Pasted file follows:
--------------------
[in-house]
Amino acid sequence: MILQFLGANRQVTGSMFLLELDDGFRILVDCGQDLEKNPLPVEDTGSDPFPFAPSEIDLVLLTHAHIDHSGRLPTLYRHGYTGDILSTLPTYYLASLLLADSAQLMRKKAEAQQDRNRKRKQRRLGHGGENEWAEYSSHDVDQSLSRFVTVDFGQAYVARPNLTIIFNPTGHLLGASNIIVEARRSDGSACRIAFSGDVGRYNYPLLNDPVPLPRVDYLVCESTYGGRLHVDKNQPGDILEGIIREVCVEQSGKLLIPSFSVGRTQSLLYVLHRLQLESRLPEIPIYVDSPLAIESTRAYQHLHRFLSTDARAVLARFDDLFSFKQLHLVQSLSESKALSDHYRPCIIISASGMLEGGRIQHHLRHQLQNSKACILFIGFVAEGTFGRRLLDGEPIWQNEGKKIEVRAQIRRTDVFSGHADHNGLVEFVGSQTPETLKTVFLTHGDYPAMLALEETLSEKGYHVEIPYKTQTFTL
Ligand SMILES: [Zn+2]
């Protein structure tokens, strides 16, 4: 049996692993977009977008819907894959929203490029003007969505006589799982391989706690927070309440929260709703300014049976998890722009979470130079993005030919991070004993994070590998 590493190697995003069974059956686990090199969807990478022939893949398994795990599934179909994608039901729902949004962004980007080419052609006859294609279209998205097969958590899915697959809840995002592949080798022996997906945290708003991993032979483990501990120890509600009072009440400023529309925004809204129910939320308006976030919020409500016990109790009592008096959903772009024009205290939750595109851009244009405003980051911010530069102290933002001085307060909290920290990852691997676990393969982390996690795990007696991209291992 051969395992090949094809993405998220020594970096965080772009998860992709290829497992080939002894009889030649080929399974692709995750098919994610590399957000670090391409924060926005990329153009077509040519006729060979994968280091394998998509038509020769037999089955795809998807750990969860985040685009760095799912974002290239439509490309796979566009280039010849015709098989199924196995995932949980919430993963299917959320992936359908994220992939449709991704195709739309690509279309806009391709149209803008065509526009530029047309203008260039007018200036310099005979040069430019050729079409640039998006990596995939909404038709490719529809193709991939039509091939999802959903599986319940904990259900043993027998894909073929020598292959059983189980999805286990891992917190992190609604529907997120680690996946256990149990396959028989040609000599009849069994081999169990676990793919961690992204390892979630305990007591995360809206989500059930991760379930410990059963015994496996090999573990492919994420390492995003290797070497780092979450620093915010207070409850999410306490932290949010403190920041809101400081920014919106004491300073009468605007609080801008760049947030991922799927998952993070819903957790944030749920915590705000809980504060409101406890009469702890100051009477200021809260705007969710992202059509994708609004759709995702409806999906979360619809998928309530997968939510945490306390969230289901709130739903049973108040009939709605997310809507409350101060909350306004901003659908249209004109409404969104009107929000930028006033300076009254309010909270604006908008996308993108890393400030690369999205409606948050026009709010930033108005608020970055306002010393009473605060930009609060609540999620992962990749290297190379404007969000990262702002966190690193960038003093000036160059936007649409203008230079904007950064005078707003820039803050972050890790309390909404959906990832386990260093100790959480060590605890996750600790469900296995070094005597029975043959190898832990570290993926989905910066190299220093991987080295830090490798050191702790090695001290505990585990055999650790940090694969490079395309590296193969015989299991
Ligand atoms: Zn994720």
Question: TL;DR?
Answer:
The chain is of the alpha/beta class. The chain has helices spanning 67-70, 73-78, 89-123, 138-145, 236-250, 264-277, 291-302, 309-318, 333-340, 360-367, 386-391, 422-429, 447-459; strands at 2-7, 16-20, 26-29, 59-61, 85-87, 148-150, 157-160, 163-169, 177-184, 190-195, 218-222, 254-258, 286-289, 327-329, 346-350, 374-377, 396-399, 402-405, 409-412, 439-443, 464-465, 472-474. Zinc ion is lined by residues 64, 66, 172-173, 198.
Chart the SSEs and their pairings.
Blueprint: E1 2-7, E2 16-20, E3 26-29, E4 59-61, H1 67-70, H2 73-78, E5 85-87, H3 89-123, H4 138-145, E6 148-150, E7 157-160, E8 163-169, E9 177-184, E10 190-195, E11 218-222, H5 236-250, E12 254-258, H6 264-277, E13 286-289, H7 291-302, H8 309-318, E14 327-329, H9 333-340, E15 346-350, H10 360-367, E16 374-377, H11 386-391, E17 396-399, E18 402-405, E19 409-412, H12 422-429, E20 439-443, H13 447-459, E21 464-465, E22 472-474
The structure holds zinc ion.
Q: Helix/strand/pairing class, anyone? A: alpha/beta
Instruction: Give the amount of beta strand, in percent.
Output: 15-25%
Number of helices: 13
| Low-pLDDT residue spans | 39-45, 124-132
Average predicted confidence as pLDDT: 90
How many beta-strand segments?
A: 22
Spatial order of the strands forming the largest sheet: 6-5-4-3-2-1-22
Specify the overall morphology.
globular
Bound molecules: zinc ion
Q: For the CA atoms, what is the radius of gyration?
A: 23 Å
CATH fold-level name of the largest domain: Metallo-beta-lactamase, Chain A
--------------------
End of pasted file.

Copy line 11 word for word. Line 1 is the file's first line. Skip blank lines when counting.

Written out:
The structure holds zinc ion.